Home to the Université Catholique de Lille since 1875, Lille is a vibrant and dynamic university city at the centre of Western Europe. With swift connections to Brussels (35 minutes), Paris (60 minutes), and London (80 minutes), Lille is perfect for students planning to visit and study Europe. And there is always much to see and do in Lille itself – a welcoming multicultural haven.
Lille, a City of Art, Culture, and History
Founded in 1066 by the Count of Flanders, Lille – Rijsel in Flemish – became an important trading and stock market point on the route between the rich Flemish towns and the Champagne fairs. As evident from some of its architecture, Lille was successively Flemish, Burgundian, and Spanish before finally becoming French in 1667 under Louis XIV, whose military engineer, Vauban, built Lille’s impressive Citadel.
Big city advantage, small city atmosphere
Lille is a cultural destination with much to offer. Art lovers stroll the Palais des Beaux Arts, home to the 2nd largest fine arts collection in France after the Louvre (with a collection including Rubens, Van Dyck, Goya, and Delacroix), the ancient Hospice Comtesse with works dating back to the 13th century, the Modern Art Museum (whose impressive holding includes works by Picasso, Braque, Miro, and Modigliani), and La Piscine, located in a former art deco swimming pool in neighbouring Roubaix. Further afield, one can find world-renowned museums such as the Louvre-Lens Museum, which opened in 2013 to supplement the Louvre in Paris, and the Matisse Museum in Le Cateau-Cambresis, his hometown. Other galleries and museums abound.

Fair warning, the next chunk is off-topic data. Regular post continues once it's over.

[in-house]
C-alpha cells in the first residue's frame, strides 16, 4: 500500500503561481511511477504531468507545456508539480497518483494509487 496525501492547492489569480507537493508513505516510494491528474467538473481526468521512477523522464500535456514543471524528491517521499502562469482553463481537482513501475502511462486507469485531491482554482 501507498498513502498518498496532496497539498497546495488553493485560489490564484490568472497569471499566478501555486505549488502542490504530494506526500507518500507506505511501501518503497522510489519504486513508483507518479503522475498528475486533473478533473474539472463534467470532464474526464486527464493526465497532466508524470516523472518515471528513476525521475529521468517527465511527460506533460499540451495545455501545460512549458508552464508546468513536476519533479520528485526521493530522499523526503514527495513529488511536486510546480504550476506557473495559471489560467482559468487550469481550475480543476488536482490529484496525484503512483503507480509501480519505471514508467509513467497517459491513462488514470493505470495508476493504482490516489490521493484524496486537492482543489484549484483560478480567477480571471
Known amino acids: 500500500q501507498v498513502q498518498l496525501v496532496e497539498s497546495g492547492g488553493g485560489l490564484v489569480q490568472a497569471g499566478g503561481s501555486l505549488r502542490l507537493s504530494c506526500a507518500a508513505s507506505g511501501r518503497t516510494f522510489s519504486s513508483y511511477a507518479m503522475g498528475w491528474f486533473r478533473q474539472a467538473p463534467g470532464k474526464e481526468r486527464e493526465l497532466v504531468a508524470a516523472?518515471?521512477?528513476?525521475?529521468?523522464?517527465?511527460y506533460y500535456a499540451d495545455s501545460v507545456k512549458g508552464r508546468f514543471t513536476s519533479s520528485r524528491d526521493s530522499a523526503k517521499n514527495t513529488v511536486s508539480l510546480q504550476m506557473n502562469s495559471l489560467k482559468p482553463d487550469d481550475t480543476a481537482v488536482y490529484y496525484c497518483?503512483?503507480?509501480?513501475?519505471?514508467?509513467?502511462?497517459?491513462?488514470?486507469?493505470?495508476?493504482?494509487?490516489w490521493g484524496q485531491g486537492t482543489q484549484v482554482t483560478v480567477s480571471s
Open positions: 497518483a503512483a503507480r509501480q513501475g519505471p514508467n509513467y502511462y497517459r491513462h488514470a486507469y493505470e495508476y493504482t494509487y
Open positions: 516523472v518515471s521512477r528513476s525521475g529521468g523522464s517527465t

Lille also boasts a significant number of theatres, music halls, movie theatres, an opera house, and a national orchestra, while the metropolis is home to a large number of regular cultural events, including a choir festival, a famous accordion festival, the Lille Piano(s) Festival, the International Independent Movie Week, France’s 1st Eco-Movie-Festival, a contemporary dance festival, and annual events such as the “Fête de la Musique” on 21 June with free concerts all over town.
Lille’s strategic location and the area’s rich resources have made it one of the most fought over regions in Europe, a history visible today particularly through the numerous memorials from the last two World Wars in the region, toured by national and international visitors each year. Lille can boast all the conveniences of being at the centre of a 2 million inhabitant urban zone, yet remains a “human-sized” university city with 250,000 inhabitants. Visitors can get around easily on foot or by bicycle. Public transport also offers the metro, the tramway, and many buses.